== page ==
SF City Hall was ahead of the curve in its coronavirus response. So why is it failing the homeless?

San Francisco Chronicle, April 8, 2020

By Heather Knight


Joe Wilson is ticked off. The executive director of Hospitality House, a homeless shelter in the Tenderloin, just wants City Hall to treat the 25 men who live there the same way it’s treating the rest of San Francisco’s residents during the scary COVID-19 pandemic. He wants clear directions. Quick decisions. A real plan. City Hall has come up with that for everybody else, likely saving lives and rightly earning acclaim around the country. But it’s not offering a coherent vision when it comes to homeless people.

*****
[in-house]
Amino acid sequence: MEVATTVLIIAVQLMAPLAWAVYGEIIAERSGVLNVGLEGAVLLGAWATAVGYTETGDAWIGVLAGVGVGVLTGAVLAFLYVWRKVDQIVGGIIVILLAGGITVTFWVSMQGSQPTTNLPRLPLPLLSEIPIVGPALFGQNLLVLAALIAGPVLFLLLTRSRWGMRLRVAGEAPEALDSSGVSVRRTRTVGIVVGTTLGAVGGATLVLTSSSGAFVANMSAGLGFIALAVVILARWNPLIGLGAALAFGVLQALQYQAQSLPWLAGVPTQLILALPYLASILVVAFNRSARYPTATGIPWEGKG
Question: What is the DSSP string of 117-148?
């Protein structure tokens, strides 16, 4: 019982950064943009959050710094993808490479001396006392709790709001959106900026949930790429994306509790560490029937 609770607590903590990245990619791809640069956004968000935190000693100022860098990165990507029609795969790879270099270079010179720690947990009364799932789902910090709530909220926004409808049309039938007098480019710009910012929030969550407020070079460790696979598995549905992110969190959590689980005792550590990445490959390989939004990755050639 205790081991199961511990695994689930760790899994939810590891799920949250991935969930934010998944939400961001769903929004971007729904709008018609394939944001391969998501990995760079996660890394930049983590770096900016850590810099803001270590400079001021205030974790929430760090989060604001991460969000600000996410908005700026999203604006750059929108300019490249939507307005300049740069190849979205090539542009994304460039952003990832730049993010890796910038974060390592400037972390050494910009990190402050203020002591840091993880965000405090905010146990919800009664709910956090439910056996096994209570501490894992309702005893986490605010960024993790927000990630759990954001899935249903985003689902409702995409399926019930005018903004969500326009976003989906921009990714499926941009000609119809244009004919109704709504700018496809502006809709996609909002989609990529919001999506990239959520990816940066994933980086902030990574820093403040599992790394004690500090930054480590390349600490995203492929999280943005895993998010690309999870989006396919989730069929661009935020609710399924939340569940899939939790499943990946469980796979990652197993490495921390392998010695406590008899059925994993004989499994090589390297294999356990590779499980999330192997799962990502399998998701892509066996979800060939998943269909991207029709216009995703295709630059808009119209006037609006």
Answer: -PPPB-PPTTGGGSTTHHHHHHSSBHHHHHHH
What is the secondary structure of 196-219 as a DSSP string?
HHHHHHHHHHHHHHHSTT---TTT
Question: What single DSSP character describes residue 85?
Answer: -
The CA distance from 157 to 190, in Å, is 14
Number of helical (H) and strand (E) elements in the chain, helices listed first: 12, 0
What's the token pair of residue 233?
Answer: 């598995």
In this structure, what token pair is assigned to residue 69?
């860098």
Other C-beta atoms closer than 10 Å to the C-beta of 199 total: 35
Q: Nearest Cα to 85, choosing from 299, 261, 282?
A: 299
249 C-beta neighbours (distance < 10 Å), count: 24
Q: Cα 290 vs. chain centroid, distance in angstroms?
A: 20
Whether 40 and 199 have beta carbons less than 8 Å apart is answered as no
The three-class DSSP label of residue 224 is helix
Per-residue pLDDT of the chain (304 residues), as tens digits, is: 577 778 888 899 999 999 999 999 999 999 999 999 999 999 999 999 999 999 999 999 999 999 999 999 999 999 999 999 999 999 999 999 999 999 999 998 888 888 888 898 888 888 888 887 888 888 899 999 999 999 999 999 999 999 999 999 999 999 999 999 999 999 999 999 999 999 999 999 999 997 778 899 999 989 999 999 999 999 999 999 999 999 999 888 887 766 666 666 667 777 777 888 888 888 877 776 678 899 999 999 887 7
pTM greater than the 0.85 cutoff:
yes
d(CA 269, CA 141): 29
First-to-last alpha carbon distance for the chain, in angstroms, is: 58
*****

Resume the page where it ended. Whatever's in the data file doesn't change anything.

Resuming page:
“It’s frustrating,” Wilson said. “It’s maddeningly slow, and ultimately it’s putting more people at risk.” He said he asked the Department of Homelessness and Supportive Housing for digital thermometers for a month before getting them. City officials told him to keep his residents six feet apart, but also not kick anybody out — an impossibility in his tiny, packed shelter. Last week, when a homeless person staying at the Division Circle Navigation Center tested positive for COVID-19, Wilson started getting a lot of questions from residents. Several are older than 60 and have underlying health issues, which means they’d be at far more risk of serious illness or death if they contracted the disease. “Folks got really scared,” Wilson said. “They were saying, ‘What’s going to happen to us? Who’s going to get sick next? What do we do?’”